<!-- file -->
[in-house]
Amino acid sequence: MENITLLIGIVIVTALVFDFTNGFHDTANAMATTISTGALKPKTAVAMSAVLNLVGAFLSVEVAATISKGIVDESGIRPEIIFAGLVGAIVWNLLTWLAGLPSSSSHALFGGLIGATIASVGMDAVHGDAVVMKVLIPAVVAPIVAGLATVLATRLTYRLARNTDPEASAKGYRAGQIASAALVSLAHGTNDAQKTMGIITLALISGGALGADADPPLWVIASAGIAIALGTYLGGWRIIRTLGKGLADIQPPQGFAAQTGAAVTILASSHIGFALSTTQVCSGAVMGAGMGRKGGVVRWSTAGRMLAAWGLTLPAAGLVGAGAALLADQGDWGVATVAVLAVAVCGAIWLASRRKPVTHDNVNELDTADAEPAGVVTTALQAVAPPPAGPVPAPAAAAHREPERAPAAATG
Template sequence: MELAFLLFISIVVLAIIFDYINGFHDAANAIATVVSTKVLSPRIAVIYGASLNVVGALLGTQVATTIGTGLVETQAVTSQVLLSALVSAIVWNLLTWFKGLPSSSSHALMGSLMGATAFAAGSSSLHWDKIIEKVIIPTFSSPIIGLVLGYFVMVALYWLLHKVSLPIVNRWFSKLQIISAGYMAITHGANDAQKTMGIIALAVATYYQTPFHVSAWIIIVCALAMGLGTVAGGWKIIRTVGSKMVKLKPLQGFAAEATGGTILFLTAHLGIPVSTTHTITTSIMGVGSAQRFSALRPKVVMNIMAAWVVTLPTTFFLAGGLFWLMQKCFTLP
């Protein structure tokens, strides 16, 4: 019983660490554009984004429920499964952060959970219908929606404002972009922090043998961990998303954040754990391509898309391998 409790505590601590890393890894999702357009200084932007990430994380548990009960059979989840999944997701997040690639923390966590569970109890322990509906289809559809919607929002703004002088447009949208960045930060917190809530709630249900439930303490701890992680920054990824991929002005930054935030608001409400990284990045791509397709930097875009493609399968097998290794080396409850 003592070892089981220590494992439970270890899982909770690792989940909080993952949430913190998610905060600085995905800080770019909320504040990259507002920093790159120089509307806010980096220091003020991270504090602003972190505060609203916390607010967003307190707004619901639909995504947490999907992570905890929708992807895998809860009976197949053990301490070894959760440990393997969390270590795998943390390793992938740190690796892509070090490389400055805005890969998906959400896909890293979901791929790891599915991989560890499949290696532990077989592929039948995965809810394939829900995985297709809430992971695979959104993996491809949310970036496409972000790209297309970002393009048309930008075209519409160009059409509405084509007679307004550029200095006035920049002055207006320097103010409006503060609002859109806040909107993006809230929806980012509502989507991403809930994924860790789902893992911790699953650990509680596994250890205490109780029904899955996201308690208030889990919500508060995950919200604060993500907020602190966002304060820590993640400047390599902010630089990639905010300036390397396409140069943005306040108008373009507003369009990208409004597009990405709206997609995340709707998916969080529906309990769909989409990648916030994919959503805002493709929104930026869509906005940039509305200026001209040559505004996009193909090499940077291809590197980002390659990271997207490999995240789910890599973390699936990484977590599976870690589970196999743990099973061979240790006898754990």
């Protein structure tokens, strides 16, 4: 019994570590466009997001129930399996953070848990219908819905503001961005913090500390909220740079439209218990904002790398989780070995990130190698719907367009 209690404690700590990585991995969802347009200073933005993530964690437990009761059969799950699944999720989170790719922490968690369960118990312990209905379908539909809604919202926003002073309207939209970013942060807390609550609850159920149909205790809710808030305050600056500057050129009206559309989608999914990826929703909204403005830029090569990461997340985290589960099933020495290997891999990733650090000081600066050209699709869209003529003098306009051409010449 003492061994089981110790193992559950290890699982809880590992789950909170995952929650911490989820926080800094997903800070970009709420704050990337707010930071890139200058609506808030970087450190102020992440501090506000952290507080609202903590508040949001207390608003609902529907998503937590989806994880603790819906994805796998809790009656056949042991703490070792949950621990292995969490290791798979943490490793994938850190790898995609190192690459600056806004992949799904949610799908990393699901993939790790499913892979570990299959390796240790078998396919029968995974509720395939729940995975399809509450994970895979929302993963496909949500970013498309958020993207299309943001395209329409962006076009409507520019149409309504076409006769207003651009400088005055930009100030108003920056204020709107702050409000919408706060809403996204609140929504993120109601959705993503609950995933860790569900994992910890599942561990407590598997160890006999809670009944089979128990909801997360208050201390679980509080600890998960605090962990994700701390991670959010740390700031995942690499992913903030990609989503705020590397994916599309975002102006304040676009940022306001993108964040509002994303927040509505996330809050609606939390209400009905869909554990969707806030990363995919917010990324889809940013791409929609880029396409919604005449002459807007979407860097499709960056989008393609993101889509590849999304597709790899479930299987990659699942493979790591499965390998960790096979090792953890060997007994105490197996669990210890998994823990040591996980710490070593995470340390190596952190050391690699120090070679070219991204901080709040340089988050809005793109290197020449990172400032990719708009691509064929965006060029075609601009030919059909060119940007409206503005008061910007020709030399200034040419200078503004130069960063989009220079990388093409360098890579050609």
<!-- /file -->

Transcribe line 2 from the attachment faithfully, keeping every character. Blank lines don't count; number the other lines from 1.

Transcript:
Amino acid sequence: MENITLLIGIVIVTALVFDFTNGFHDTANAMATTISTGALKPKTAVAMSAVLNLVGAFLSVEVAATISKGIVDESGIRPEIIFAGLVGAIVWNLLTWLAGLPSSSSHALFGGLIGATIASVGMDAVHGDAVVMKVLIPAVVAPIVAGLATVLATRLTYRLARNTDPEASAKGYRAGQIASAALVSLAHGTNDAQKTMGIITLALISGGALGADADPPLWVIASAGIAIALGTYLGGWRIIRTLGKGLADIQPPQGFAAQTGAAVTILASSHIGFALSTTQVCSGAVMGAGMGRKGGVVRWSTAGRMLAAWGLTLPAAGLVGAGAALLADQGDWGVATVAVLAVAVCGAIWLASRRKPVTHDNVNELDTADAEPAGVVTTALQAVAPPPAGPVPAPAAAAHREPERAPAAATG